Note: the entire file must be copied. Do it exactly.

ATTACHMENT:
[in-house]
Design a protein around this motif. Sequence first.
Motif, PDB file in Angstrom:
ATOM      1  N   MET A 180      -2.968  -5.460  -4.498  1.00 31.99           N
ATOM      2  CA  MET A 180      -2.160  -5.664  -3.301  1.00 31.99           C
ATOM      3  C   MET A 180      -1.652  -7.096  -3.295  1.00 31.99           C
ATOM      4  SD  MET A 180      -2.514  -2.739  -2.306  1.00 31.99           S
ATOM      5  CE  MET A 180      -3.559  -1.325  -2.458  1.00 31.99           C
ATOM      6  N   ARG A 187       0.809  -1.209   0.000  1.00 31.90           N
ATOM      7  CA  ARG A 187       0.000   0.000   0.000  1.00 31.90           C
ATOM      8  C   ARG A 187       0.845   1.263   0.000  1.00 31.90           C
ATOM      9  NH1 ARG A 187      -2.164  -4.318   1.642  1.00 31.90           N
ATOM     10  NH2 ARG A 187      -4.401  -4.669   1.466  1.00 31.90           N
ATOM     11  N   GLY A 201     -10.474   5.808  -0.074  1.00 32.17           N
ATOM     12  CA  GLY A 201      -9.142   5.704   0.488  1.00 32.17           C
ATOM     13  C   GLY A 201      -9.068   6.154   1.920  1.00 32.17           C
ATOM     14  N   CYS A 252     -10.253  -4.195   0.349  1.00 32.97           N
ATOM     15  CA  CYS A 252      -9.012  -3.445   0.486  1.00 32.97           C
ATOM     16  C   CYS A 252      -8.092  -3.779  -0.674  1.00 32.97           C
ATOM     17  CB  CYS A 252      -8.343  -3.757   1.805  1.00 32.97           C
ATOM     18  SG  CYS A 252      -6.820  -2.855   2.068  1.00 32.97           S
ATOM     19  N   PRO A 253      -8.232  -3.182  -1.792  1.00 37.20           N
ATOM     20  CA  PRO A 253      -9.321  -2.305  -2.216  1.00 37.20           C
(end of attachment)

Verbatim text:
[in-house]
Design a protein around this motif. Sequence first.
Motif, PDB file in Angstrom:
ATOM      1  N   MET A 180      -2.968  -5.460  -4.498  1.00 31.99           N
ATOM      2  CA  MET A 180      -2.160  -5.664  -3.301  1.00 31.99           C
ATOM      3  C   MET A 180      -1.652  -7.096  -3.295  1.00 31.99           C
ATOM      4  SD  MET A 180      -2.514  -2.739  -2.306  1.00 31.99           S
ATOM      5  CE  MET A 180      -3.559  -1.325  -2.458  1.00 31.99           C
ATOM      6  N   ARG A 187       0.809  -1.209   0.000  1.00 31.90           N
ATOM      7  CA  ARG A 187       0.000   0.000   0.000  1.00 31.90           C
ATOM      8  C   ARG A 187       0.845   1.263   0.000  1.00 31.90           C
ATOM      9  NH1 ARG A 187      -2.164  -4.318   1.642  1.00 31.90           N
ATOM     10  NH2 ARG A 187      -4.401  -4.669   1.466  1.00 31.90           N
ATOM     11  N   GLY A 201     -10.474   5.808  -0.074  1.00 32.17           N
ATOM     12  CA  GLY A 201      -9.142   5.704   0.488  1.00 32.17           C
ATOM     13  C   GLY A 201      -9.068   6.154   1.920  1.00 32.17           C
ATOM     14  N   CYS A 252     -10.253  -4.195   0.349  1.00 32.97           N
ATOM     15  CA  CYS A 252      -9.012  -3.445   0.486  1.00 32.97           C
ATOM     16  C   CYS A 252      -8.092  -3.779  -0.674  1.00 32.97           C
ATOM     17  CB  CYS A 252      -8.343  -3.757   1.805  1.00 32.97           C
ATOM     18  SG  CYS A 252      -6.820  -2.855   2.068  1.00 32.97           S
ATOM     19  N   PRO A 253      -8.232  -3.182  -1.792  1.00 37.20           N
ATOM     20  CA  PRO A 253      -9.321  -2.305  -2.216  1.00 37.20           C